A Flinders Caring Futures Institute project examining different strategies for conducting nutritional assessments for patients in home rehabilitation has found still images taken by allied health assistants are an effective alternative to an in-person examination to assess malnutrition.
Researcher Dr Jolene Thomas says those who have been admitted to hospital are particularly vulnerable to malnutrition from inadequate food intake, which leads to weight loss and poor muscle stores.
“This is often because they are older, have complex health issues and comorbidities and potentially suboptimal support at home. We need to be able to identify people who are poorly nourished to intervene.”
Traditional assessments are done in person, where a dietitian will ask questions and conduct physical examinations of muscle and fat stores to determine whether a patient is at risk of or experiencing malnutrition. However, it is often inconvenient for older people to have to return to hospital for assessments and follow-up.
“Especially in light of COVID and the transition to telehealth and remote delivery of services, we wanted to investigate whether there were strategies to allow a dietitian to provide their nutrition assessment external to the hospital environment,” Dr Thomas explains.
Earlier research showed dietitians were capable of visiting patients at home to take still images for subsequent assessment of nutritional status. The latest research conducted by Dr Thomas and her team examined the validity of images collected by allied health assistants on the dietitian’s behalf.
“The aim of this study was to evaluate whether remote completion of the Patient-Generated Subjective Global Assessment physical examination using still images captured by allied health assistants is a valid alternative to an in-person physical examination for patients admitted to a home rehabilitation service,” Dr Thomas says.
The assessment method involves asking questions about eating behaviours, any symptoms like nausea and making a physical examination of landmarks around the body for possible deficits indicating malnutrition.
“We wanted to see if it was feasible for individuals who were already visiting people in the home, and often going there every day, to take the images for remote assessment, and whether it enabled a correct assessment,” Dr Thomas says.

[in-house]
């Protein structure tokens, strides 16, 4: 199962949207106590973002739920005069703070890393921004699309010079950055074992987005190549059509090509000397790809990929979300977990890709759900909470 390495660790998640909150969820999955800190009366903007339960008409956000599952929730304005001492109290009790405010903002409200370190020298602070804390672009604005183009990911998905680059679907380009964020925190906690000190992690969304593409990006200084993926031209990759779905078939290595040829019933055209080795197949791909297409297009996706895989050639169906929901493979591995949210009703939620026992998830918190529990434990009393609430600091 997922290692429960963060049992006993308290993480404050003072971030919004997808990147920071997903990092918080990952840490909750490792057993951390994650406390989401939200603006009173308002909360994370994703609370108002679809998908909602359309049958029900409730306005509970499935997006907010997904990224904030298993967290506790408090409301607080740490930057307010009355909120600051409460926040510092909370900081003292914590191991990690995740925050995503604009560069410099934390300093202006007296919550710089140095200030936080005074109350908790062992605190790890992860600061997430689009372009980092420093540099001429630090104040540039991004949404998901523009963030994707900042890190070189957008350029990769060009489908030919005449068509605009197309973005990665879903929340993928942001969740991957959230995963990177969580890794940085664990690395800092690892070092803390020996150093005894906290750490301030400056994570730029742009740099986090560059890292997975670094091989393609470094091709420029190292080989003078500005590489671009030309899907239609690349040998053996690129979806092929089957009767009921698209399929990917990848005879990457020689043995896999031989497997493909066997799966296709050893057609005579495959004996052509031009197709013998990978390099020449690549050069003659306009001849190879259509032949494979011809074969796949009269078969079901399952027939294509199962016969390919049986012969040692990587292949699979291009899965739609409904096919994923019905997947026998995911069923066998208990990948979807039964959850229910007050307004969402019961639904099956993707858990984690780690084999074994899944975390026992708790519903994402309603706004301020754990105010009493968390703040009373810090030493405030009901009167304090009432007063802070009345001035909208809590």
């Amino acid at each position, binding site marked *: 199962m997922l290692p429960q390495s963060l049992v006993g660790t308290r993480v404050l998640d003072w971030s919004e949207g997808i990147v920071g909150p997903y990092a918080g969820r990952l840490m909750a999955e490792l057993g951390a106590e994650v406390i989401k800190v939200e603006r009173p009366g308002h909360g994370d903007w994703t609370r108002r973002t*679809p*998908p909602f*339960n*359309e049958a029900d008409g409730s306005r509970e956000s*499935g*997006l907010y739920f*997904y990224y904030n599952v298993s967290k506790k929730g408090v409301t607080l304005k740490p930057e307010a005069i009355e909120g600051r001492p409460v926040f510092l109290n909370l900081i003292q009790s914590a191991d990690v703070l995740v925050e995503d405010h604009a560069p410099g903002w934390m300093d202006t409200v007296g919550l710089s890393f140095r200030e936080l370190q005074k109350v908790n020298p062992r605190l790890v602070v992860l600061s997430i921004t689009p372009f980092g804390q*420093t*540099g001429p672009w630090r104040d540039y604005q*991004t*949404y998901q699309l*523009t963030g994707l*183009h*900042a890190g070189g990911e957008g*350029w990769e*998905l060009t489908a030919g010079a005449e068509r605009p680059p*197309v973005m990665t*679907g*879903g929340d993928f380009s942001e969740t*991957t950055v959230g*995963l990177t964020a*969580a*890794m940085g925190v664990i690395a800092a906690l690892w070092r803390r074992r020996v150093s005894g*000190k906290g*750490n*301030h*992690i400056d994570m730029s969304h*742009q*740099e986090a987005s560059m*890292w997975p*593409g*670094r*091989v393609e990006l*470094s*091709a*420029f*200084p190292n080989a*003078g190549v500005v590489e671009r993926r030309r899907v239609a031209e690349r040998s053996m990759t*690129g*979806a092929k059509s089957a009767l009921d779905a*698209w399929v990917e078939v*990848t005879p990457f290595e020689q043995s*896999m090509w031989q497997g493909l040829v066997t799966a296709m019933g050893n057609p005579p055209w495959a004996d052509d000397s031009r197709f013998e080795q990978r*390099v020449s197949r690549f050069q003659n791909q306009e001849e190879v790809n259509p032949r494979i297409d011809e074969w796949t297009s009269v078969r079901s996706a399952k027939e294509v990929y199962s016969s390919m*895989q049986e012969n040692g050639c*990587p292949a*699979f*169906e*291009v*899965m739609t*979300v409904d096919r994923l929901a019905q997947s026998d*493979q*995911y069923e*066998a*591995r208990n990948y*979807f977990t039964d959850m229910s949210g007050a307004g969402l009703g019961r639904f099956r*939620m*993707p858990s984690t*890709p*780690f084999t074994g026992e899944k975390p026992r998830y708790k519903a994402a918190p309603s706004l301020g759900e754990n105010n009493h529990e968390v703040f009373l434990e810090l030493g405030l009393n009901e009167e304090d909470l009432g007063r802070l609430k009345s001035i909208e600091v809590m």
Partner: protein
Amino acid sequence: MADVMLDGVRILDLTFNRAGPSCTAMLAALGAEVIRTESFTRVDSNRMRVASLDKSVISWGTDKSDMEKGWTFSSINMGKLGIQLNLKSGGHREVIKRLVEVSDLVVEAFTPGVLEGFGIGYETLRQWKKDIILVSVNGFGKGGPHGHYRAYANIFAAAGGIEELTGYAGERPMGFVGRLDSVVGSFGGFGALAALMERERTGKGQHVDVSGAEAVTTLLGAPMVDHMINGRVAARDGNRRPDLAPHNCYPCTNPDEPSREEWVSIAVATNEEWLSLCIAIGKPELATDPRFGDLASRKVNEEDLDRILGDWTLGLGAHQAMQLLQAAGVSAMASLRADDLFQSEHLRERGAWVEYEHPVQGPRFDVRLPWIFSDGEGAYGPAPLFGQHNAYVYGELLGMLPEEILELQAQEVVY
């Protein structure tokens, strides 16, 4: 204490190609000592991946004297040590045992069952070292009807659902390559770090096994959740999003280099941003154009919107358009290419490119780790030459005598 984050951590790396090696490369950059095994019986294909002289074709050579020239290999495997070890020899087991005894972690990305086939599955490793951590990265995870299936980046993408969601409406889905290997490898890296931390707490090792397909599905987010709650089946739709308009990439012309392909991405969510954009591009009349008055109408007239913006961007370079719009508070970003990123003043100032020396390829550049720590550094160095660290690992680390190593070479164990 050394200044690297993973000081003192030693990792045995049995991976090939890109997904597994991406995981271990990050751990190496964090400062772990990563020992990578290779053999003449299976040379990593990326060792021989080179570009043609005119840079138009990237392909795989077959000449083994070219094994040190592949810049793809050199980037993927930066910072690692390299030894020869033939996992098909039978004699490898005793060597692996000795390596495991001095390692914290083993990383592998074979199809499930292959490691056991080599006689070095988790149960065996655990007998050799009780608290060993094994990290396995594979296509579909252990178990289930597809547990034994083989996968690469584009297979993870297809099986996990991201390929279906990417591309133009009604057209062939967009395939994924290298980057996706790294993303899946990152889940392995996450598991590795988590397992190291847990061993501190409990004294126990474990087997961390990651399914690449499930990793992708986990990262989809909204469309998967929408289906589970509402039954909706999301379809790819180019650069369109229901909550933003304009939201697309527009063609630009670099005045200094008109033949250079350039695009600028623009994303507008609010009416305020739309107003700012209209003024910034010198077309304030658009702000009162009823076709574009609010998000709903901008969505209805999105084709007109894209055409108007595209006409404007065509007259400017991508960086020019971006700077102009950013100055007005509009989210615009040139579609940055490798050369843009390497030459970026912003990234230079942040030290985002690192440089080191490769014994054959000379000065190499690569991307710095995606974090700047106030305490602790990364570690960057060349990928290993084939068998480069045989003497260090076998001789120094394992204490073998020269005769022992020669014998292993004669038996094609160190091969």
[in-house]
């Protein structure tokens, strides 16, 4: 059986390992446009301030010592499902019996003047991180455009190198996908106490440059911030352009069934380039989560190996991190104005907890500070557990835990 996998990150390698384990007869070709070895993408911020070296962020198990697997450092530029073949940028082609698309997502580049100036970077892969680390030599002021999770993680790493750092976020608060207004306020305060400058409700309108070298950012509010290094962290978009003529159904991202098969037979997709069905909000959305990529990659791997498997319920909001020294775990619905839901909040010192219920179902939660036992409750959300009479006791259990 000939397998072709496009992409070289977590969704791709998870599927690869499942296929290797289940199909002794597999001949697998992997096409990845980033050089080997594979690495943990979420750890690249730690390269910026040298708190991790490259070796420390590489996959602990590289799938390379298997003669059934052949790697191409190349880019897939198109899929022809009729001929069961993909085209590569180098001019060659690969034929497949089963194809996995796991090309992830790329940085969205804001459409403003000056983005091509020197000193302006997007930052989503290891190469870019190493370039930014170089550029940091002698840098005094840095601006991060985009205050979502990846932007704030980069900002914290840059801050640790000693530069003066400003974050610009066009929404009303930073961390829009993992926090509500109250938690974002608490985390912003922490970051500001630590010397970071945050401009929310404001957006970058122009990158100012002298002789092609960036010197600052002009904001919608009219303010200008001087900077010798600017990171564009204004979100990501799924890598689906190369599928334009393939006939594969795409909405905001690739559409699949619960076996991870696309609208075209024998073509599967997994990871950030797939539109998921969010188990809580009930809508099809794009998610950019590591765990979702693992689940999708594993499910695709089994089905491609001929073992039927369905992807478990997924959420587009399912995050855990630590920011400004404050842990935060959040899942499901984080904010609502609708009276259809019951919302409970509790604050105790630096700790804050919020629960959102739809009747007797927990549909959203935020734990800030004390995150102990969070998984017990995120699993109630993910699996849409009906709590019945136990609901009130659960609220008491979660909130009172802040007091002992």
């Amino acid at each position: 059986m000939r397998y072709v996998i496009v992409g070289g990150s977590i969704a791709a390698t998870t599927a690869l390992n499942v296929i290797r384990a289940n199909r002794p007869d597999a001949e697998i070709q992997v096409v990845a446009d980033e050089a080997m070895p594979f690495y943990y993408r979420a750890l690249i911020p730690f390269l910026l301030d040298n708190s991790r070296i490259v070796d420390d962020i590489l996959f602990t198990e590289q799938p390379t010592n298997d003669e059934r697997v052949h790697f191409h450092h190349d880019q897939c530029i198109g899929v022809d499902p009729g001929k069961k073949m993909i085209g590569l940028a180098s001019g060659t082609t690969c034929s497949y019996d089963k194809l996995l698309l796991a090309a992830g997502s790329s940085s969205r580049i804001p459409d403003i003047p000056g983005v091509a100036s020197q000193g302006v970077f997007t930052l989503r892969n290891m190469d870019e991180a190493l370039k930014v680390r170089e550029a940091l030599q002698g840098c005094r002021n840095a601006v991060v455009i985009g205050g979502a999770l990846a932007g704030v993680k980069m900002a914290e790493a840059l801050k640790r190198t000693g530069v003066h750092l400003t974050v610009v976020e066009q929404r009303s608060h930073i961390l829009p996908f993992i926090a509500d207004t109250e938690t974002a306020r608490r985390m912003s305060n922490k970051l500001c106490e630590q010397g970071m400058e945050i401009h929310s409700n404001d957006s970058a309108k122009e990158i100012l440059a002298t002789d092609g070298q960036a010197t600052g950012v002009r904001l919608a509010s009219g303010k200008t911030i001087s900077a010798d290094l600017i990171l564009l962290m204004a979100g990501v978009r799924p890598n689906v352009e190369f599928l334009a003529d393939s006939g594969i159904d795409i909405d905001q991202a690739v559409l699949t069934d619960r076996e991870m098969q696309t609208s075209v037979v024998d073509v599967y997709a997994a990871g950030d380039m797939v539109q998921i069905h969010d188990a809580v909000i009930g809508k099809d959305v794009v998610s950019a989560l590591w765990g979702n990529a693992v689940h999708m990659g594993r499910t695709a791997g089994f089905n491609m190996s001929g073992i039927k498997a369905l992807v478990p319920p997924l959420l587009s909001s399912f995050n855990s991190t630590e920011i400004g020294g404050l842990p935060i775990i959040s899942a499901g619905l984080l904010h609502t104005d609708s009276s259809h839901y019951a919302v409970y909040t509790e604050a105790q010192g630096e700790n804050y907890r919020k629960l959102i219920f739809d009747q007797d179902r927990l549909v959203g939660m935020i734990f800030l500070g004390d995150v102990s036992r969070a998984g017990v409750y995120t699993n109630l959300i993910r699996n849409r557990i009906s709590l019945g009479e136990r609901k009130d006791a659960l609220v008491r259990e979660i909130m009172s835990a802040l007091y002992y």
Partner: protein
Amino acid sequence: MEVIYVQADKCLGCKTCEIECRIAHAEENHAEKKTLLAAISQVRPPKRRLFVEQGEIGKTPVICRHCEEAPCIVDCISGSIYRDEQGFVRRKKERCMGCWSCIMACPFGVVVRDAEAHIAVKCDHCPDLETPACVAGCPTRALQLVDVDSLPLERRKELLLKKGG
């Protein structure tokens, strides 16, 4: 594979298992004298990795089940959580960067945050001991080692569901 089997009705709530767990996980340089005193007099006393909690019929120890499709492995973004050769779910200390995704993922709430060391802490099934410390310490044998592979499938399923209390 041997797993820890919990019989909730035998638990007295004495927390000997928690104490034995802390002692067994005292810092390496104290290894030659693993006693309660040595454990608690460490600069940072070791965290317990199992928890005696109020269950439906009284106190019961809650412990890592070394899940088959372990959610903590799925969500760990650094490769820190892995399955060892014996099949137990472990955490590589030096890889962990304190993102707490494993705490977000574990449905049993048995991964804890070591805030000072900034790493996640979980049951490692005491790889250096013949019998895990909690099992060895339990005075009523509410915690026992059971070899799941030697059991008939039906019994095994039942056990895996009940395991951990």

At the beginning, a group of allied health assistants completed a training module where they watched presentations, conducted hands-on practice and were taught how to photograph the participants with a tablet device effectively.
“Dietitians involved in the study were then able to check whether the test images captured were suitable for nutritional assessment,” Dr Thomas says.
104 adults admitted to home rehab in southern Adelaide were engaged in the study. At the conclusion of two sampling periods in 2019 and 2020, Dr Thomas says the research team could ascertain it was a viable solution for conducting nutritional assessments of vulnerable patients.
“The findings were very encouraging, showing this method of still image collection is adequately valid, allowing dietitians to identify potential deficits.”
The feedback from the allied health assistants was positive, with those conducting the assessments seeing the value in doing the work remotely – provided adequate resourcing was made available. The response from the patients, who already had a relationship with their assistants, was also positive.
“There is potential for implementation of this method to facilitate remote nutritional assessments by dietitians. Further work is required to ensure dietitians can assess still images reliably, however,” Dr Thomas says.
The study suggests there is a growing acceptance of remote delivery of healthcare, with many older rehabilitation patients seeing the benefits of not having to visit a hospital or similar environment.
“If we can improve the nutritional status of these individuals while they’re in their home, by identifying them early and providing nutrition support, that could reduce hospital re-admission, and expedite their return to pre-morbid functioning hand-in-hand with the other therapies they are receiving,” Dr Thomas adds.
The study raises interesting questions about the potential of rolling out this method of assessment for patients in rural and regional settings and how allied health assistants could expand their scope to deliver nutritional interventions on behalf of the dietitians in the future.
Dr Thomas has been joined by Professor Michelle Miller, Ms Cassandra Lawless and Flinders Honours students on the project.